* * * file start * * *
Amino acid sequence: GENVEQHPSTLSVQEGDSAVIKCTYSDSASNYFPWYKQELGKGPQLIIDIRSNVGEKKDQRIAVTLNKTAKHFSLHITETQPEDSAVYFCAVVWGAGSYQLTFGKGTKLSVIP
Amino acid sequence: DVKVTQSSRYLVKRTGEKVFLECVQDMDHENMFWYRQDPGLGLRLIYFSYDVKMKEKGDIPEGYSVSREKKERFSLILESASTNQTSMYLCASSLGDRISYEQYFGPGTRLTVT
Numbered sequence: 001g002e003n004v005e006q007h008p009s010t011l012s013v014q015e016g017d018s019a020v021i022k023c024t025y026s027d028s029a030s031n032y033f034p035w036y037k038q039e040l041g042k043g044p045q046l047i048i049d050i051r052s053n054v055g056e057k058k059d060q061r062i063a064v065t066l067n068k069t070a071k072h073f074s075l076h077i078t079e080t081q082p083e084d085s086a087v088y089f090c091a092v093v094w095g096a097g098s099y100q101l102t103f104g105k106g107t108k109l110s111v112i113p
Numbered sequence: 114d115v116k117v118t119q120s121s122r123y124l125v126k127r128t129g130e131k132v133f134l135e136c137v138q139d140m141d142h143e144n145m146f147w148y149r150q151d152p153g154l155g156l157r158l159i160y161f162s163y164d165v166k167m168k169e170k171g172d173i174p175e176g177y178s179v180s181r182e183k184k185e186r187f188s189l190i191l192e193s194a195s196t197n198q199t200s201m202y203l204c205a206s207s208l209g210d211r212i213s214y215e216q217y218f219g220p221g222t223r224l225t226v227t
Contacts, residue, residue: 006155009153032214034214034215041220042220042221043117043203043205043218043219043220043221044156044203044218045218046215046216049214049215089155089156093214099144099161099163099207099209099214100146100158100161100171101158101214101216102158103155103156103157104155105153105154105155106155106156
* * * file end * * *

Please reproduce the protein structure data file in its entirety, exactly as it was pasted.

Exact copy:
Amino acid sequence: GENVEQHPSTLSVQEGDSAVIKCTYSDSASNYFPWYKQELGKGPQLIIDIRSNVGEKKDQRIAVTLNKTAKHFSLHITETQPEDSAVYFCAVVWGAGSYQLTFGKGTKLSVIP
Amino acid sequence: DVKVTQSSRYLVKRTGEKVFLECVQDMDHENMFWYRQDPGLGLRLIYFSYDVKMKEKGDIPEGYSVSREKKERFSLILESASTNQTSMYLCASSLGDRISYEQYFGPGTRLTVT
Numbered sequence: 001g002e003n004v005e006q007h008p009s010t011l012s013v014q015e016g017d018s019a020v021i022k023c024t025y026s027d028s029a030s031n032y033f034p035w036y037k038q039e040l041g042k043g044p045q046l047i048i049d050i051r052s053n054v055g056e057k058k059d060q061r062i063a064v065t066l067n068k069t070a071k072h073f074s075l076h077i078t079e080t081q082p083e084d085s086a087v088y089f090c091a092v093v094w095g096a097g098s099y100q101l102t103f104g105k106g107t108k109l110s111v112i113p
Numbered sequence: 114d115v116k117v118t119q120s121s122r123y124l125v126k127r128t129g130e131k132v133f134l135e136c137v138q139d140m141d142h143e144n145m146f147w148y149r150q151d152p153g154l155g156l157r158l159i160y161f162s163y164d165v166k167m168k169e170k171g172d173i174p175e176g177y178s179v180s181r182e183k184k185e186r187f188s189l190i191l192e193s194a195s196t197n198q199t200s201m202y203l204c205a206s207s208l209g210d211r212i213s214y215e216q217y218f219g220p221g222t223r224l225t226v227t
Contacts, residue, residue: 006155009153032214034214034215041220042220042221043117043203043205043218043219043220043221044156044203044218045218046215046216049214049215089155089156093214099144099161099163099207099209099214100146100158100161100171101158101214101216102158103155103156103157104155105153105154105155106155106156